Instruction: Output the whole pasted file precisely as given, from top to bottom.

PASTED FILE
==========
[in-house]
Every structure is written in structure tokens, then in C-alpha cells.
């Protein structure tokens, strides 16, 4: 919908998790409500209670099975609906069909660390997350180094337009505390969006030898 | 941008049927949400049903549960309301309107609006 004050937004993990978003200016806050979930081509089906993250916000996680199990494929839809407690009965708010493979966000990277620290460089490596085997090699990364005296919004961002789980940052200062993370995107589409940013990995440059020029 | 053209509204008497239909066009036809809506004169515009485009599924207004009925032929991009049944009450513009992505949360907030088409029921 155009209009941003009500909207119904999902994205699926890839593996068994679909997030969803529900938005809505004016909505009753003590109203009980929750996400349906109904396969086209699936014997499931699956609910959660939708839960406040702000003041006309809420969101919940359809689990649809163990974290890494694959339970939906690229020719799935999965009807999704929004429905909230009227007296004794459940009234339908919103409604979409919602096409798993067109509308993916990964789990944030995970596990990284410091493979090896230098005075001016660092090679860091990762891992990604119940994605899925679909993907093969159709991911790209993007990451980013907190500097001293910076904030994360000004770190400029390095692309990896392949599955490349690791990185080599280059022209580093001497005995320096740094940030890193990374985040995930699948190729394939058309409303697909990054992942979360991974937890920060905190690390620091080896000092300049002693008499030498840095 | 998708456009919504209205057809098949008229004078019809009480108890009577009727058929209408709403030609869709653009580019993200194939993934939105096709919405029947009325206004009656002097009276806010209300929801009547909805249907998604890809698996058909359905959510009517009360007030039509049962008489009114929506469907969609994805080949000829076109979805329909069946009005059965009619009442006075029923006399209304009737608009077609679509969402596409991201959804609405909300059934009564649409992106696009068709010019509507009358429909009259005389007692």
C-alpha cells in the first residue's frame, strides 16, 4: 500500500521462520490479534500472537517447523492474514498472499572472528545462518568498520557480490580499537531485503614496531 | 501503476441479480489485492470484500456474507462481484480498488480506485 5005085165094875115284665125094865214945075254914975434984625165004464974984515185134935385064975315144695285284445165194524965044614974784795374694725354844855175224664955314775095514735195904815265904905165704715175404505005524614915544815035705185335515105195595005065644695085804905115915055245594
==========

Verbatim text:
[in-house]
Every structure is written in structure tokens, then in C-alpha cells.
């Protein structure tokens, strides 16, 4: 919908998790409500209670099975609906069909660390997350180094337009505390969006030898 | 941008049927949400049903549960309301309107609006 004050937004993990978003200016806050979930081509089906993250916000996680199990494929839809407690009965708010493979966000990277620290460089490596085997090699990364005296919004961002789980940052200062993370995107589409940013990995440059020029 | 053209509204008497239909066009036809809506004169515009485009599924207004009925032929991009049944009450513009992505949360907030088409029921 155009209009941003009500909207119904999902994205699926890839593996068994679909997030969803529900938005809505004016909505009753003590109203009980929750996400349906109904396969086209699936014997499931699956609910959660939708839960406040702000003041006309809420969101919940359809689990649809163990974290890494694959339970939906690229020719799935999965009807999704929004429905909230009227007296004794459940009234339908919103409604979409919602096409798993067109509308993916990964789990944030995970596990990284410091493979090896230098005075001016660092090679860091990762891992990604119940994605899925679909993907093969159709991911790209993007990451980013907190500097001293910076904030994360000004770190400029390095692309990896392949599955490349690791990185080599280059022209580093001497005995320096740094940030890193990374985040995930699948190729394939058309409303697909990054992942979360991974937890920060905190690390620091080896000092300049002693008499030498840095 | 998708456009919504209205057809098949008229004078019809009480108890009577009727058929209408709403030609869709653009580019993200194939993934939105096709919405029947009325206004009656002097009276806010209300929801009547909805249907998604890809698996058909359905959510009517009360007030039509049962008489009114929506469907969609994805080949000829076109979805329909069946009005059965009619009442006075029923006399209304009737608009077609679509969402596409991201959804609405909300059934009564649409992106696009068709010019509507009358429909009259005389007692």
C-alpha cells in the first residue's frame, strides 16, 4: 500500500521462520490479534500472537517447523492474514498472499572472528545462518568498520557480490580499537531485503614496531 | 501503476441479480489485492470484500456474507462481484480498488480506485 5005085165094875115284665125094865214945075254914975434984625165004464974984515185134935385064975315144695285284445165194524965044614974784795374694725354844855175224664955314775095514735195904815265904905165704715175404505005524614915544815035705185335515105195595005065644695085804905115915055245594